Container deposit would encourage recycling, reduce litter, raise revenue 

On roadsides throughout Indiana litter chokes the ditches. Under beds of wild geranium, years-old bottles and cans crinkle and clack together. Newer garbage sits on top.

Michael Greven and his 13-year-old son Liam of Columbus, Indiana, take exception to this unsightly garbage, and recently set out with a goal to walk from the city they call home to the state capital in Indianapolis, picking up bottles and cans the entire way. A sixty-mile journey.

Armed with a backpack full of garbage bags, twist ties and mechanical grabbing arms, they walked rural roads through south-central Indiana to make a point of showing how much waste these roadsides hold.

Michael is a "green" businessman who hates to see litter carelessly thrown out. "Think about all the latent energy out here just sitting in ditches," he says. Greven helps run two businesses, CasaVerde and EcoSource. Both companies focus on efficient building design using LEED standards. EcoSource also offers solar energy technologies.

Greven's goal with the walk is to make a statement that will resonate with the public and lawmakers in the Indiana Legislature. He hopes to aid the passage of container deposit legislation, also known as a "bottle bill" through the legislature.

Economically, such a bill would provide the state much-needed revenue — by Greven's estimate, $15-20 million dollars a year. This is achieved by the state keeping a portion of the unclaimed deposits. "They can't turn their noses up at $20 million dollars," says Greven.

He sent an invitation to Gov. Mitch Daniels to join him on his walk to aid in the cleanup. Greven wrote the governor could join while they "pick[ed] up bottles and cans that should have a refund on them, but are now simply being thrown out of car windows and ruining our Hoosier landscape."

He's a busy guy

In entreating the governor, Greven added, "I know when you are out for a motorcycle ride the litter and degradation of our state has got to turn your stomach. We will have an extra bag available for you."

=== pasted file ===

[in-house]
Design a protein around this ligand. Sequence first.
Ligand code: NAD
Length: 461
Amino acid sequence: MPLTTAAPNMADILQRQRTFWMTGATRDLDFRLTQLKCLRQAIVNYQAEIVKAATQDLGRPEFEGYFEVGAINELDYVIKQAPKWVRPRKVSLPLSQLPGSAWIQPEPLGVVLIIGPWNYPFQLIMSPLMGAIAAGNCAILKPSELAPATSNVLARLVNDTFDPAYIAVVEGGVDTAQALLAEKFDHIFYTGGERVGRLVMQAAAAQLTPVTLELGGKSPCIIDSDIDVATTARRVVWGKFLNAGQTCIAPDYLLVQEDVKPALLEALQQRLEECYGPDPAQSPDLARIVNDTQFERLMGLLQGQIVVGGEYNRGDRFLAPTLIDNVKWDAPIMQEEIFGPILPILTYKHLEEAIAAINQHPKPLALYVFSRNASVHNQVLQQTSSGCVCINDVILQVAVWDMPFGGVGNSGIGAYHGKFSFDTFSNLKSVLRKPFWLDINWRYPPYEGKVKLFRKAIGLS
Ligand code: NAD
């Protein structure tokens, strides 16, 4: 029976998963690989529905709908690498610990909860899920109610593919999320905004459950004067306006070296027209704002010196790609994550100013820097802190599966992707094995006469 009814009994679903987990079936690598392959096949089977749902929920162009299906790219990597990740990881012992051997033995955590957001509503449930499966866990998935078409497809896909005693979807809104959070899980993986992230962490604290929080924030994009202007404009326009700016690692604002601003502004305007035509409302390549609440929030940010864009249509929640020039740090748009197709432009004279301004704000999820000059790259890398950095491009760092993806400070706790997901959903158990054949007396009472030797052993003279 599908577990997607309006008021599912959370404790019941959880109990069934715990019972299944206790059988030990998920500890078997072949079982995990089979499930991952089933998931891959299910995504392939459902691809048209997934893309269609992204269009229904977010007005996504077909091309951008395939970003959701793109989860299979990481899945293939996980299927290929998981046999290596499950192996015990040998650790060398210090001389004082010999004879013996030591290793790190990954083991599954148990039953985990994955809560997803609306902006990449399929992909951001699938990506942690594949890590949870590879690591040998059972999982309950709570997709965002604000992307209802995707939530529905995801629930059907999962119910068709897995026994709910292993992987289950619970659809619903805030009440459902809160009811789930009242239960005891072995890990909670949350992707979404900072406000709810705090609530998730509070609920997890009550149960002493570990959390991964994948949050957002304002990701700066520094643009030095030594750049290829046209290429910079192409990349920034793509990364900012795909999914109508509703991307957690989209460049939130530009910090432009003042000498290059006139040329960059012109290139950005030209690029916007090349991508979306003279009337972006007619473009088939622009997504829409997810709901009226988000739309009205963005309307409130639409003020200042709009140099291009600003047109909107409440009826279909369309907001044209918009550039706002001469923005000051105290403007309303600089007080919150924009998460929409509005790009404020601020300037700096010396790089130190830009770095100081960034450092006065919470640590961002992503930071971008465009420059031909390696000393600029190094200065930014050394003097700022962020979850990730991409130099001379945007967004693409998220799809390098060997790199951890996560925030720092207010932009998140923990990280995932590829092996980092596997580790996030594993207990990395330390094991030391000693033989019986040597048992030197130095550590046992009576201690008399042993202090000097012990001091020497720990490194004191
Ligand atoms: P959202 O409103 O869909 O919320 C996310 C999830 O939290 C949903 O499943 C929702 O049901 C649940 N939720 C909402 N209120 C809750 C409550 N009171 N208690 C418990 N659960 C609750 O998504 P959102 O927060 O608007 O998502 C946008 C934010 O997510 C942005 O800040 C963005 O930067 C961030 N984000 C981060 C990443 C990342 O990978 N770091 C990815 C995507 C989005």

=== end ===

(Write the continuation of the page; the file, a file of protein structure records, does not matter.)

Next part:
After many attempts to reach the governor, Greven finally got a response saying Daniels would be unable to make it.

"He's a busy guy and I respect that," says Greven.

Still, Greven sees Daniels' support as key to getting a bottle bill through the legislature, something that has failed in the past. Container deposit legislation has been sponsored in the state legislature numerous times but has yet to make it out of committee.

State Representative Milo Smith of House District 59 recently sponsored container deposit legislation three years ago. According to Smith's press secretary, Tyler Stock, Smith filed the bill as a means to initiate discussion on recycling. "It's a complex issue, it would cause beverage industry to raise their prices up front to cover the deposit, and some system to collect all the bottles would have to be implemented," says Stock. Stock goes on to say that Rep. Smith still believes the state and nation need a comprehensive recycling program.

While bottle bills have been successful in some states, the bottling, beverage and grocer industries spend millions of dollars defeating legislation at the state and federal level, according

Eleven states have successfully implemented bottle bills, including Michigan, which has the highest deposit — ten cents — for non-refillable bottles.

"You don't see this kind of litter in Michigan," notes Greven as he picks up a full beer can, where he says bottle bills have reduced roadside litter. Various studies show states with container deposit reduce beverage container litter in the range of 70-85 percent.